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A 9:30 Saturday morning flight put me in at La Guardia by 11, and I was at my hotel on 44th Street by 12:30 p.m. I settled into a club chair in the lobby of the storied Algonquin Hotel, waiting on my sister-in-law, who was coming in from Nashville, Tenn., on Southwest.
We were headed to see Jessica Chastain on Broadway that night, we were museum-bound on Sunday and we had a megastore on Monday's agenda.
Back in 2010, Marriott purchased and refurbished the 179-room Algonquin Hotel (212-840-6800 or algonquinhotel.com ). Built in 1902 on famous Club Row, this landmark played host to meetings of the Algonquin Round Table or "Vicious Circle." Actors, critics and writers such as Dorothy Parker, Harold Ross, Harpo Marx and George S. Kaufman gathered here for daily lunches from 1919 to 1929. Guests still receive a complimentary copy of The New Yorker because the magazine's founders secured its funding at the hotel. As we watched Beyonce's Super Bowl half-time show in the lobby and sipped whiskey-laced Texas Millionaires, Parker's quote about a little bad taste being like a nice dash of paprika came to mind.
The Algonquin is between Sixth and Fifth avenues, so we had our pick of tourist sites like St. Patrick's Cathedral and the New York Public Library, as well as shops. However, we chose to head over to the Flatiron district on Monday morning and take in the six-story ABC Carpet and Home stores (212-473-3000 or abchome.com ) at 888 Broadway and 881 Broadway, which have been rooted in the district since 1897. With almost 350,000 square feet of goods, ABC is a worldwide bazaar under two roofs. I walked away with some graphic Dwell Studio pillow covers and a cross-stitched Michael Jackson pillow (Off the Wall-era) stitched by female artisans in Albania. Prior to dinner on Sunday night, we also did some window-shopping along Designers Way on East 58th. This stretch was a trove of great shops, including one devoted to vintage lamps, lampshades and light bulbs called Illume. And as you exit the Museum of Modern Art, don't miss the MoMA Store (212-767-1050 or momastore.org ). This well-edited selection of housewares, jewelry and paper goods made TimeOut magazine's list of top museum shops.
Saturday night's early dinner put us on the path to Washington Square Park and the acclaimed Blue Hill (212-539-1776 or bluehillfarm.com) , run by chef Dan Barber and supplied by Blue Hill Farm in Great Barrington, Mass., and Stone Barns Center, 45 minutes outside of the city. Below street level, the restaurant's space once housed a speakeasy, and it conveys an air of intrigue as you step down off the street and behind a velvet curtain. An amuse-bouche of grated beets on button-sized buns started our adventure. My bowl of roasted pork in horseradish-flavored broth served over Brussels sprouts was a perfect complement for the snowy night outside.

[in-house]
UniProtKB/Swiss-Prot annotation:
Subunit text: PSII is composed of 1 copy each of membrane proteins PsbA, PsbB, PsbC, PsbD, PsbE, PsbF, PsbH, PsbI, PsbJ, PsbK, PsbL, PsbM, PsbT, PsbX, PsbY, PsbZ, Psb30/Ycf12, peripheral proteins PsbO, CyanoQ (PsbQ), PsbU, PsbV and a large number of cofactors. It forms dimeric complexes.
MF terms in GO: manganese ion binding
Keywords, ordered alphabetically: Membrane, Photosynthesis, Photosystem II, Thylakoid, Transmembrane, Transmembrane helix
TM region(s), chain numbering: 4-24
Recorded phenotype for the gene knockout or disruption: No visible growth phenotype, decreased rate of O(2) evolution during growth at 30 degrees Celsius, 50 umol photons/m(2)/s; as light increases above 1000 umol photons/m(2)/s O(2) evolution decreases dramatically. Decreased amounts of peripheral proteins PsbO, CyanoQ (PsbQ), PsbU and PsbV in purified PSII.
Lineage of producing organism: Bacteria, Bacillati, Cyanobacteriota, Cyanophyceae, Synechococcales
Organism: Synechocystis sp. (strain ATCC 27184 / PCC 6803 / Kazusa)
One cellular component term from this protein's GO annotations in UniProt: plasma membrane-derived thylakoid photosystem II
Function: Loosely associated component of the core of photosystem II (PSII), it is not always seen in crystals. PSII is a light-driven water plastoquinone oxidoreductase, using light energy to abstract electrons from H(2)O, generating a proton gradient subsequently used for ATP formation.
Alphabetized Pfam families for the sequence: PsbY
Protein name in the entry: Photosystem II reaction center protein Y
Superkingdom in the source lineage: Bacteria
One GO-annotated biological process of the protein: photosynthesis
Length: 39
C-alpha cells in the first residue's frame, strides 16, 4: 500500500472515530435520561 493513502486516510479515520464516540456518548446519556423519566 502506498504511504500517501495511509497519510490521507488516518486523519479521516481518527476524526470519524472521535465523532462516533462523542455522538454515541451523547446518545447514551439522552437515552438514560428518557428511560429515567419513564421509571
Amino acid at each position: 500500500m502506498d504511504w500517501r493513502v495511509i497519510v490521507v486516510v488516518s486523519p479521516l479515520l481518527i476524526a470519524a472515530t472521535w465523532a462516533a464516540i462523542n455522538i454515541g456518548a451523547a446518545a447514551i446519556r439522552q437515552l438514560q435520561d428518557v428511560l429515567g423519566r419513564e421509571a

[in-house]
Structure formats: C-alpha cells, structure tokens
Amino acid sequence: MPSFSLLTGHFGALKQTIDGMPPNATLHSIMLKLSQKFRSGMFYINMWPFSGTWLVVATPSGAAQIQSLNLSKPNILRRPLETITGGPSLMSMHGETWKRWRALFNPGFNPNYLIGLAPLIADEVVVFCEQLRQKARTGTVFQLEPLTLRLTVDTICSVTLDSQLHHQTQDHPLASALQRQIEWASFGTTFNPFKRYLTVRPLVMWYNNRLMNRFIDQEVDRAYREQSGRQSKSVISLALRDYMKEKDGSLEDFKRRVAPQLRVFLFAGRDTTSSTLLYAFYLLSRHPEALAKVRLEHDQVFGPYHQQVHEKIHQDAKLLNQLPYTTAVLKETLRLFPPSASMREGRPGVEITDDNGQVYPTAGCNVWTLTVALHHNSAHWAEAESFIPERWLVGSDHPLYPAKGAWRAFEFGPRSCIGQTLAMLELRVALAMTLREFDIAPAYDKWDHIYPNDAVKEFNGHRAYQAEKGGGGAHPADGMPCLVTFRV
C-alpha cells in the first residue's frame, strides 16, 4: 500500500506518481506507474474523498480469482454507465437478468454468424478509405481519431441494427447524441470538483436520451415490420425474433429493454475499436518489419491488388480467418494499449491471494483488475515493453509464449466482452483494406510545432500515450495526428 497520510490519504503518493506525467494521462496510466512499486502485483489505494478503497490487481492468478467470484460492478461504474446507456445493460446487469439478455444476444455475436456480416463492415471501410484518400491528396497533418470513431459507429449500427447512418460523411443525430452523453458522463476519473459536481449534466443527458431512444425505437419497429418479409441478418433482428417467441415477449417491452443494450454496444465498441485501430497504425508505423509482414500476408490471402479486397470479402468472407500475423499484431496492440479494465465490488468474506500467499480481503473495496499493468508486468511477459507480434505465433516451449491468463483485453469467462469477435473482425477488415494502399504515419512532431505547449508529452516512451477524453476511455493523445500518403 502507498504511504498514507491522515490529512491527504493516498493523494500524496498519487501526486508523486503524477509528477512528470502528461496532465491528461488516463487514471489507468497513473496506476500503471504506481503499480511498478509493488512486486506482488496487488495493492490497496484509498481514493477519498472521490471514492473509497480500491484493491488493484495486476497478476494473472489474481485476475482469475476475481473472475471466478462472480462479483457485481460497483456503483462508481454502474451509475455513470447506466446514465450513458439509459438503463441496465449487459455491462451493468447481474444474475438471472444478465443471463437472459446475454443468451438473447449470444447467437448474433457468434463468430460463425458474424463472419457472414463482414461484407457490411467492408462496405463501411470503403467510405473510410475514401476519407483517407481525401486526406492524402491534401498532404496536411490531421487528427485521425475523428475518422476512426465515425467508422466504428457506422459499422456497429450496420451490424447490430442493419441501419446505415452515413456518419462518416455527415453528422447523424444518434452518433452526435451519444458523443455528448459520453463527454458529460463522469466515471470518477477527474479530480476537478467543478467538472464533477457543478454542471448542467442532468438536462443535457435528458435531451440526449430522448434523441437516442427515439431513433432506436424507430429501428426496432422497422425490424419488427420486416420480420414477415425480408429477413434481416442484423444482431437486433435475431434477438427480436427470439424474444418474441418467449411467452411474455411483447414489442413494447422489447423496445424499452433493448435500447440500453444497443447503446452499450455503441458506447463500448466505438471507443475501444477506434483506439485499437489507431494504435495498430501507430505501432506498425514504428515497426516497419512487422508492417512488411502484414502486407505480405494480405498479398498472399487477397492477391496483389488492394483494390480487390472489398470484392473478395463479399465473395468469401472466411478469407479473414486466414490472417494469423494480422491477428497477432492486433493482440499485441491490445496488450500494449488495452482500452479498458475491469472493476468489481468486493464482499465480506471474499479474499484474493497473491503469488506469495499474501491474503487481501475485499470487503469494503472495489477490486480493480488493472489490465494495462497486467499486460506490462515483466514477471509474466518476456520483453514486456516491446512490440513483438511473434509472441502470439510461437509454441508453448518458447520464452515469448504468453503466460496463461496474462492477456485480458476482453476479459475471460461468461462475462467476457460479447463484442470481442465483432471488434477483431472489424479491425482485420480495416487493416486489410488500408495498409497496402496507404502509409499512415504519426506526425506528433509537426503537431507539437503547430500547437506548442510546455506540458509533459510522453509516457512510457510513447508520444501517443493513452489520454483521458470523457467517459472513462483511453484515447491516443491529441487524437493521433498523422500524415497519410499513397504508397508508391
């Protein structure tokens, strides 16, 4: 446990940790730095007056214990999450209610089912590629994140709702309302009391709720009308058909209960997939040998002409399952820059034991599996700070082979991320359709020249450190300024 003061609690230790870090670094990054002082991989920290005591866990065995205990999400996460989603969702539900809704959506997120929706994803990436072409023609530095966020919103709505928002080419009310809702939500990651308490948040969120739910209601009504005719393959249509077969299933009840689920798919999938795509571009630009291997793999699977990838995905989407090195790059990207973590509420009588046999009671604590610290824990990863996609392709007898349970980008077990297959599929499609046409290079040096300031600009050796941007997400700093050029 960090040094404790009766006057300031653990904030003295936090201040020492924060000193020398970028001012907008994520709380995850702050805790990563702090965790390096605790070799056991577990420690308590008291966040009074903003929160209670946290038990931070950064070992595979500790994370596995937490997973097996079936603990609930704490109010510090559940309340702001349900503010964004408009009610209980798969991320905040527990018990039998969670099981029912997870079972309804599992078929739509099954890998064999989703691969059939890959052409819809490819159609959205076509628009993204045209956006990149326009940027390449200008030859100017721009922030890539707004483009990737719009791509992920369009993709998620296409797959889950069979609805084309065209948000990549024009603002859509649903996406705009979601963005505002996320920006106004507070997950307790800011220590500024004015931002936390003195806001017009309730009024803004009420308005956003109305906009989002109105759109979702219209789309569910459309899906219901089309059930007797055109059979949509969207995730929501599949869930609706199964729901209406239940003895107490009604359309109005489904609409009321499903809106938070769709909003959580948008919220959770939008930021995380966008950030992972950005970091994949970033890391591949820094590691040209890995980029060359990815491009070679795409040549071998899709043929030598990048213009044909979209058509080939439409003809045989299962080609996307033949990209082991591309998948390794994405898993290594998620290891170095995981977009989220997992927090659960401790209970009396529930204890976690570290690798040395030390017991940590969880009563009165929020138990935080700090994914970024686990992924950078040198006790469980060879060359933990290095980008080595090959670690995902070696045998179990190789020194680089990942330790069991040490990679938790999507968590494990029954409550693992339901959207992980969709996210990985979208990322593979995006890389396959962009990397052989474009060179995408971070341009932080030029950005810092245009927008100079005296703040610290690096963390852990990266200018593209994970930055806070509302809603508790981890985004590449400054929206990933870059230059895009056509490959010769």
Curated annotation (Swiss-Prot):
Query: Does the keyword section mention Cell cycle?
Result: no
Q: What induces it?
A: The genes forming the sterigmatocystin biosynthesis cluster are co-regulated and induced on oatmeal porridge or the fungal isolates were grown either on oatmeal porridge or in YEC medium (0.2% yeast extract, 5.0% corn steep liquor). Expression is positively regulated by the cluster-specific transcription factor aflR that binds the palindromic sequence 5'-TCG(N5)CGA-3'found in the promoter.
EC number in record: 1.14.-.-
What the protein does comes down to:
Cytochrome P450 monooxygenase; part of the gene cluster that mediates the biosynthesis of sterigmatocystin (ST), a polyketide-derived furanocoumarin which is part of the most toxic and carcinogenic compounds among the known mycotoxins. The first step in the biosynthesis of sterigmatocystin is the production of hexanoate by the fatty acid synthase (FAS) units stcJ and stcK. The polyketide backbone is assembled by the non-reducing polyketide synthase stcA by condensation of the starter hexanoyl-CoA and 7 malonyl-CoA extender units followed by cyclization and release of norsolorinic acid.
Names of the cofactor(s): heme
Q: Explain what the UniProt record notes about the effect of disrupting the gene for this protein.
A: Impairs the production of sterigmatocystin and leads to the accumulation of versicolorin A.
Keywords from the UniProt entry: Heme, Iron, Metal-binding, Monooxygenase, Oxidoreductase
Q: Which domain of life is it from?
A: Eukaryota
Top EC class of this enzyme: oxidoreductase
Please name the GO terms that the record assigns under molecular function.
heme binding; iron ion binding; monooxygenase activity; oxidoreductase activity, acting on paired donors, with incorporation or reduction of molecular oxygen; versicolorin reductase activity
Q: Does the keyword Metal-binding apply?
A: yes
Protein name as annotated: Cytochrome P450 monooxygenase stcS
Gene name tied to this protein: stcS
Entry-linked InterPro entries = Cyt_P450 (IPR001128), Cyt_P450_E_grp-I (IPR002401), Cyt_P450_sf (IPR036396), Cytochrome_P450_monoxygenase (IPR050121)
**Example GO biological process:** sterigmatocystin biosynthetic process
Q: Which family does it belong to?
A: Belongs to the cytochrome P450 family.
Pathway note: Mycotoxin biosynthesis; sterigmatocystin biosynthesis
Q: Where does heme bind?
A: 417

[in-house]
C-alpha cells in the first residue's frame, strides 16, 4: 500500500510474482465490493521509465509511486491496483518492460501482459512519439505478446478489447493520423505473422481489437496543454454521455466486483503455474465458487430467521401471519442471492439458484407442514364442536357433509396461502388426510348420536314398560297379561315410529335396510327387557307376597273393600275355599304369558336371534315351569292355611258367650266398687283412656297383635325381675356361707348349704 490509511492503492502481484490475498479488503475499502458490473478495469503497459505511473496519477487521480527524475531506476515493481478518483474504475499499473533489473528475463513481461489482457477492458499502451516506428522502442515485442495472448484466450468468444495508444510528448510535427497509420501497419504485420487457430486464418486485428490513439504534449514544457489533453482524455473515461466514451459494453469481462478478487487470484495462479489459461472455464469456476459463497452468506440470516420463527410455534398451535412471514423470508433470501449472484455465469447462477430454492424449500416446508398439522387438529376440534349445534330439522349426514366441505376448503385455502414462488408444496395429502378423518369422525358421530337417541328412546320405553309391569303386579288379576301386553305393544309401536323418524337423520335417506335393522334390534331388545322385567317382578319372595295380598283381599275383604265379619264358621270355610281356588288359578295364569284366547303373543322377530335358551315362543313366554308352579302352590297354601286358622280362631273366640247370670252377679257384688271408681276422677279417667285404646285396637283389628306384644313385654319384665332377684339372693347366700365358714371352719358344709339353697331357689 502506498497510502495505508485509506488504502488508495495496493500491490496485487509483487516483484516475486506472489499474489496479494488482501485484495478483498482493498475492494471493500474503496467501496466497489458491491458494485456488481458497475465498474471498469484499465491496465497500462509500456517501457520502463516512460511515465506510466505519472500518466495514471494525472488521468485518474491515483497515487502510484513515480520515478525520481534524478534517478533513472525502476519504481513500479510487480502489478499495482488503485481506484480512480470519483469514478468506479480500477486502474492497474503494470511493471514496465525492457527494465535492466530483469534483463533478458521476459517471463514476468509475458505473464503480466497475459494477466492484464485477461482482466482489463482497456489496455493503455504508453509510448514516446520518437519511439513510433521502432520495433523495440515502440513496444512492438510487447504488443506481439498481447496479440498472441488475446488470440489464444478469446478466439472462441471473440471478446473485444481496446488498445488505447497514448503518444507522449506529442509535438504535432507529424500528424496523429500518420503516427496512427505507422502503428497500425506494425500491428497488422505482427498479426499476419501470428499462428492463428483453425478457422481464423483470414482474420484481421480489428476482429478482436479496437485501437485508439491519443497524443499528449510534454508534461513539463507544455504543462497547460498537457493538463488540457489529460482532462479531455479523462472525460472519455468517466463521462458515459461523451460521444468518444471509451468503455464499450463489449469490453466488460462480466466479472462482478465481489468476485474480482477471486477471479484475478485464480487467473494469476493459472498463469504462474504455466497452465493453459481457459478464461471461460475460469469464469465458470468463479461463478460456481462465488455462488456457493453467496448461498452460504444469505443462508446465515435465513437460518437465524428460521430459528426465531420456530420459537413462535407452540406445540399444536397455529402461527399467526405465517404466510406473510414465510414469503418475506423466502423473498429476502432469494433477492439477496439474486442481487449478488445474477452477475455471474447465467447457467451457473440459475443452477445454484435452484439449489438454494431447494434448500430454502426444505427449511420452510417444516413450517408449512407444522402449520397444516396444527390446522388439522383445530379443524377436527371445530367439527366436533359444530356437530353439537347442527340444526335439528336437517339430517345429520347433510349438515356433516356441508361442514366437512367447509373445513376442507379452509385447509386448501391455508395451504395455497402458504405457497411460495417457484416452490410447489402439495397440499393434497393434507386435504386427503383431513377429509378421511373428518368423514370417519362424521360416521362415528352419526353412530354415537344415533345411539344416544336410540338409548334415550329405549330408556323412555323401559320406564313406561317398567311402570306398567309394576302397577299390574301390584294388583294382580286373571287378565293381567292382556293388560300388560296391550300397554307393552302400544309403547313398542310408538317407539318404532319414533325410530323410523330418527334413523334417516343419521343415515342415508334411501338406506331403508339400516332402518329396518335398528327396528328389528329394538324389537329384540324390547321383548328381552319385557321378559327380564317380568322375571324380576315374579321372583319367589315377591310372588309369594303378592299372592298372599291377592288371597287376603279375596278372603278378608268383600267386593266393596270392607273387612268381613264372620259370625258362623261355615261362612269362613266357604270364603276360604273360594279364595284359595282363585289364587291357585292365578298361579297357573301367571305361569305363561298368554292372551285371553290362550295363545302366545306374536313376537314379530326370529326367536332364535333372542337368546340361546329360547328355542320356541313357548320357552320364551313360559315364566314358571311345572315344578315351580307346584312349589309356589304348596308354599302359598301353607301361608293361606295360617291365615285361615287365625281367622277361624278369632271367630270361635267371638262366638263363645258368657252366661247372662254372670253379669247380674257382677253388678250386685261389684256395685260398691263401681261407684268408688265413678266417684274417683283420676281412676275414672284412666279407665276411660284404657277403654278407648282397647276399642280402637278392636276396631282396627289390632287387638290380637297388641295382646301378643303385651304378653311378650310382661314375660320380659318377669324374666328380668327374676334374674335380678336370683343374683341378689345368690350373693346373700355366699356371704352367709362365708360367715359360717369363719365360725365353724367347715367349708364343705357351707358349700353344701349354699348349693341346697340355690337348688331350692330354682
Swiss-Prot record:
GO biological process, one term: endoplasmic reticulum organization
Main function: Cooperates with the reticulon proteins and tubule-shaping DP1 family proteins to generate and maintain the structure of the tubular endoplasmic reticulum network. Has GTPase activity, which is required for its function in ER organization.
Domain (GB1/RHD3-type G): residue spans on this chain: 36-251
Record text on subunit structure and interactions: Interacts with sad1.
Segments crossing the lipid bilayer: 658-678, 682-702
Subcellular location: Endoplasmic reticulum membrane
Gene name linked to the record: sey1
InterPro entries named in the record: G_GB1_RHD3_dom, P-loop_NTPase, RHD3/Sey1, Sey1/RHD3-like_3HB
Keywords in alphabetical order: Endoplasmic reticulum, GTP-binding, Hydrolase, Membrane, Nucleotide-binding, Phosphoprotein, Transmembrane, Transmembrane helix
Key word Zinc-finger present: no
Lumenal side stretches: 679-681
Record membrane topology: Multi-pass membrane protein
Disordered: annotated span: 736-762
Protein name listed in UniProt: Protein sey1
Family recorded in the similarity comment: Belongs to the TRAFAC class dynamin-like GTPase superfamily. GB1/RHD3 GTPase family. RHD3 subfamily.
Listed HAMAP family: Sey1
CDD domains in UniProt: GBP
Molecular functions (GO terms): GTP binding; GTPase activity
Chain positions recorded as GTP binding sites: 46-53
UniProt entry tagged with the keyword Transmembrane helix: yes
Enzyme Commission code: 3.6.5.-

The following night we headed to Felidia (212-758-1479 or felidia-nyc.com ), which was packed on Super Bowl Sunday. One of Lidia Bastianich's restaurants, this old-school gem, which opened in 1981, definitely seemed to cater to an older crowd (fun to say, considering I'm 47), but it nevertheless delivered outstanding plates with impeccable service. I had their signature braised flat-iron steak with a kale-and-bean farrotto, and my sister-in-law went with a spicy wild boar ragu with andouille sausage. Our shared parsnip-and-apple cake with wild fennel pollen left us wanting more.
Monday's dining highlight was lunch at ABC Kitchen (212-475-5829 or abckitchennyc.com ), created by chef Jean-Georges Vongerichten within ABC Carpet and Home. It was packed on a Monday, and we were lucky to get a table since we didn't make a reservation. Named best new restaurant by the James Beard Foundation in 2011, ABC Kitchen sources a minimum of 70 percent of its food from within 90 miles between May and October. Considering our feast at Felidia the night before, salads were the order of the day: crispy shrimp over romaine served with a carrot-sesame vinaigrette. Simple, yet filling.
Be sure to check out 9 +1 Ways of Being Political: 50 Years of Political Stances in Architecture and Urban Design at the MoMA through June 9. Included in the exhibition is a sketch for the Richmond-based Best catalog showroom at 9008 Quioccasin Road (now home to West End Presbyterian Church) done by James Wines' Sculpture in the Environment firm, which radically re-imagined what big-box stores could look like.